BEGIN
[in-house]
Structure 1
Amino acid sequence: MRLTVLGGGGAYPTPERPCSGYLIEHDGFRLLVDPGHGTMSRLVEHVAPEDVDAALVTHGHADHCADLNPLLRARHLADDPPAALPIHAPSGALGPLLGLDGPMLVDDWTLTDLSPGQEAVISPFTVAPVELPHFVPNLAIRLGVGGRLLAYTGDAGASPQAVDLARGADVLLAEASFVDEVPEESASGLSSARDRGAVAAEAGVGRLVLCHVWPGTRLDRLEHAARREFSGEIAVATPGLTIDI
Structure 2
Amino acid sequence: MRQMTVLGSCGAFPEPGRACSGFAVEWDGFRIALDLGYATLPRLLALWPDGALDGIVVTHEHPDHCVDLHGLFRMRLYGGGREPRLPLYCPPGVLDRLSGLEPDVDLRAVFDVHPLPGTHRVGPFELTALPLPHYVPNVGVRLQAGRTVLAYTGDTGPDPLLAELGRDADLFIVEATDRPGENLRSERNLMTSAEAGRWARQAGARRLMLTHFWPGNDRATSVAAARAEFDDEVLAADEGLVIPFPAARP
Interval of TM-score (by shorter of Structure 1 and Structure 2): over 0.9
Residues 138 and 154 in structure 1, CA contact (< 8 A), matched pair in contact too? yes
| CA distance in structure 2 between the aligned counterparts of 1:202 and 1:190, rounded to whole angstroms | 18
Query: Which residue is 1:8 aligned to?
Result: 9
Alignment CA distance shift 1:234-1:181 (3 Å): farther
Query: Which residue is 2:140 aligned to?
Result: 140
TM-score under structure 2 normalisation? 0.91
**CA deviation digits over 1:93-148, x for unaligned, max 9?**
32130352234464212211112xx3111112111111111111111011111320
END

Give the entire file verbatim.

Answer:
[in-house]
Structure 1
Amino acid sequence: MRLTVLGGGGAYPTPERPCSGYLIEHDGFRLLVDPGHGTMSRLVEHVAPEDVDAALVTHGHADHCADLNPLLRARHLADDPPAALPIHAPSGALGPLLGLDGPMLVDDWTLTDLSPGQEAVISPFTVAPVELPHFVPNLAIRLGVGGRLLAYTGDAGASPQAVDLARGADVLLAEASFVDEVPEESASGLSSARDRGAVAAEAGVGRLVLCHVWPGTRLDRLEHAARREFSGEIAVATPGLTIDI
Structure 2
Amino acid sequence: MRQMTVLGSCGAFPEPGRACSGFAVEWDGFRIALDLGYATLPRLLALWPDGALDGIVVTHEHPDHCVDLHGLFRMRLYGGGREPRLPLYCPPGVLDRLSGLEPDVDLRAVFDVHPLPGTHRVGPFELTALPLPHYVPNVGVRLQAGRTVLAYTGDTGPDPLLAELGRDADLFIVEATDRPGENLRSERNLMTSAEAGRWARQAGARRLMLTHFWPGNDRATSVAAARAEFDDEVLAADEGLVIPFPAARP
Interval of TM-score (by shorter of Structure 1 and Structure 2): over 0.9
Residues 138 and 154 in structure 1, CA contact (< 8 A), matched pair in contact too? yes
| CA distance in structure 2 between the aligned counterparts of 1:202 and 1:190, rounded to whole angstroms | 18
Query: Which residue is 1:8 aligned to?
Result: 9
Alignment CA distance shift 1:234-1:181 (3 Å): farther
Query: Which residue is 2:140 aligned to?
Result: 140
TM-score under structure 2 normalisation? 0.91
**CA deviation digits over 1:93-148, x for unaligned, max 9?**
32130352234464212211112xx3111112111111111111111011111320